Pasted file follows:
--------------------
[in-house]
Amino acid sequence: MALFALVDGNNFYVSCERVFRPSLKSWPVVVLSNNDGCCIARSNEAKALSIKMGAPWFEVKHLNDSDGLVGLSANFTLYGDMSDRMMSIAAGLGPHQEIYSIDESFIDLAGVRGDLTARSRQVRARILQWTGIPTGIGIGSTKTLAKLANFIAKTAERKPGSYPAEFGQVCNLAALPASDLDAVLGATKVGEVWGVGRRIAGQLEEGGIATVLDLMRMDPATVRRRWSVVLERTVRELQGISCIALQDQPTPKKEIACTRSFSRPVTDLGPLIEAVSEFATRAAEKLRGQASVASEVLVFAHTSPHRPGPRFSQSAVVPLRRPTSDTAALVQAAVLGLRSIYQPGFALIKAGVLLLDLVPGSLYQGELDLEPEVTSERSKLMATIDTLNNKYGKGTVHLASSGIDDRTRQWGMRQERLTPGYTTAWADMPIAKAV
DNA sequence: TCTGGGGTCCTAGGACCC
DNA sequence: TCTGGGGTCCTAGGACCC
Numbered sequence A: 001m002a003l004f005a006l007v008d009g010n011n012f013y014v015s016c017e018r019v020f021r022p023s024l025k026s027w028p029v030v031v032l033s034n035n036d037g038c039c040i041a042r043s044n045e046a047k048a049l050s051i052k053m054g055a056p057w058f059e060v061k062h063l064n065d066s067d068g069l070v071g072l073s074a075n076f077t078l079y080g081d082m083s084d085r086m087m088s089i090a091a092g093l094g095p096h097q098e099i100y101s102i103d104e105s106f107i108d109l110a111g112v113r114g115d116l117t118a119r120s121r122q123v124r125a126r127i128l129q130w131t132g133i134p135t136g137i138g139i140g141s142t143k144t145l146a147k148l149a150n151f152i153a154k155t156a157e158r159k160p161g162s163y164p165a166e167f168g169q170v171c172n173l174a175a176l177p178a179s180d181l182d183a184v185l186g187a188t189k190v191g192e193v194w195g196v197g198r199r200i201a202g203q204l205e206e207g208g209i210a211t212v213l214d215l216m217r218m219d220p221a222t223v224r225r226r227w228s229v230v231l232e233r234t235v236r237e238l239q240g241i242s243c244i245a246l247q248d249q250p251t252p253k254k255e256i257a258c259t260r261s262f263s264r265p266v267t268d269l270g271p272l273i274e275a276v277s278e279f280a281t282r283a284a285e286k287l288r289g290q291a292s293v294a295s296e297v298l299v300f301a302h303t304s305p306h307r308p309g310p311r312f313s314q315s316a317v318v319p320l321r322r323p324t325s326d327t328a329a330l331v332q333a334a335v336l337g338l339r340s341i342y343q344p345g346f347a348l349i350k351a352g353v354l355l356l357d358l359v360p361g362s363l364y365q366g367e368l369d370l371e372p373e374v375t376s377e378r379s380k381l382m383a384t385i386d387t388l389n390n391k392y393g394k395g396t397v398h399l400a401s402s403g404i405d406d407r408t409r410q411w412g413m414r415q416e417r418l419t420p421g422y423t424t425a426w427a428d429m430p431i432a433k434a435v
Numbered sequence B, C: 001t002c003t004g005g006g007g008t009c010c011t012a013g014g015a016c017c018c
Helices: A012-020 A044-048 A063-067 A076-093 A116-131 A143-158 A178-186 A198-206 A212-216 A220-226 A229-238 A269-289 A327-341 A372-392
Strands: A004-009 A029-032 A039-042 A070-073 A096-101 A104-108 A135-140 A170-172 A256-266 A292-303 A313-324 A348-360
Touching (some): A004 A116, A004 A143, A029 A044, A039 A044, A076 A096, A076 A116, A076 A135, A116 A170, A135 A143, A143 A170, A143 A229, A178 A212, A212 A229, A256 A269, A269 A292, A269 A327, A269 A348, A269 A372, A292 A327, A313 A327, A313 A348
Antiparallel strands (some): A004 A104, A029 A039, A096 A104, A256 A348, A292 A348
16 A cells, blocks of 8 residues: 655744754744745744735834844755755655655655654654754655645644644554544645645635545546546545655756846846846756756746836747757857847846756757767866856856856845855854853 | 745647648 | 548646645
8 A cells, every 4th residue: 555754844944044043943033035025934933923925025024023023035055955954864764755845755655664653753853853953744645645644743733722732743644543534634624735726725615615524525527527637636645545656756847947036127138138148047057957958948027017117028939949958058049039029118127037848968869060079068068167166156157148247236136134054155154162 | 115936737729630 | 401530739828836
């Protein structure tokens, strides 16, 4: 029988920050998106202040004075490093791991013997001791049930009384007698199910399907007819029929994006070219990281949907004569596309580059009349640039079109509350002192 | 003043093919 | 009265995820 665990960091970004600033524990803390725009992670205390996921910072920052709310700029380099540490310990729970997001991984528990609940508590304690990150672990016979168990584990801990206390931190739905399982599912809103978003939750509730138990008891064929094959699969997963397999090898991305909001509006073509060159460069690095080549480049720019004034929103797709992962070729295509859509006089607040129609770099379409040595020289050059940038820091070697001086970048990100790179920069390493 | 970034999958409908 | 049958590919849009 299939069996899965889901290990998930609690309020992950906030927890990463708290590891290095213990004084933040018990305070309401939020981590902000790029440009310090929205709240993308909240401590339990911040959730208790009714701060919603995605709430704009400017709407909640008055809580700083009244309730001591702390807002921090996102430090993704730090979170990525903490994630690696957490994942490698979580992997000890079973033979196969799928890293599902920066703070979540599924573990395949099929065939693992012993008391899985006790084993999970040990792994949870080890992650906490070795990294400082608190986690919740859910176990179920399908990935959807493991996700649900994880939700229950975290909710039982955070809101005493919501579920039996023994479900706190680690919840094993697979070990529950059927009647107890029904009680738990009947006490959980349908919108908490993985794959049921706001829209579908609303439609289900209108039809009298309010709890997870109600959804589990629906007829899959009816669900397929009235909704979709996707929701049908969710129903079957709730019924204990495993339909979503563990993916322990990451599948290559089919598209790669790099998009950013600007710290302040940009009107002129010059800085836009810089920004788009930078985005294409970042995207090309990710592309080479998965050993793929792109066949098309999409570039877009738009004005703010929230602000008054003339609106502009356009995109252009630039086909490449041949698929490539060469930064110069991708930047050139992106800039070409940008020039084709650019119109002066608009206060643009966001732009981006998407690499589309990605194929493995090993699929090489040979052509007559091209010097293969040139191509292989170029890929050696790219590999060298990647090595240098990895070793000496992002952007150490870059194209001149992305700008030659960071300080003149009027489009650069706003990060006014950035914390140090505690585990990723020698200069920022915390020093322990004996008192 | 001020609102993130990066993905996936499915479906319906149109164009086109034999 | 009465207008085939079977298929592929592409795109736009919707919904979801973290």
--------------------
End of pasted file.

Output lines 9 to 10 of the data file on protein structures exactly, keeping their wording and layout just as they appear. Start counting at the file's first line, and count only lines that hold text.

Touching (some): A004 A116, A004 A143, A029 A044, A039 A044, A076 A096, A076 A116, A076 A135, A116 A170, A135 A143, A143 A170, A143 A229, A178 A212, A212 A229, A256 A269, A269 A292, A269 A327, A269 A348, A269 A372, A292 A327, A313 A327, A313 A348
Antiparallel strands (some): A004 A104, A029 A039, A096 A104, A256 A348, A292 A348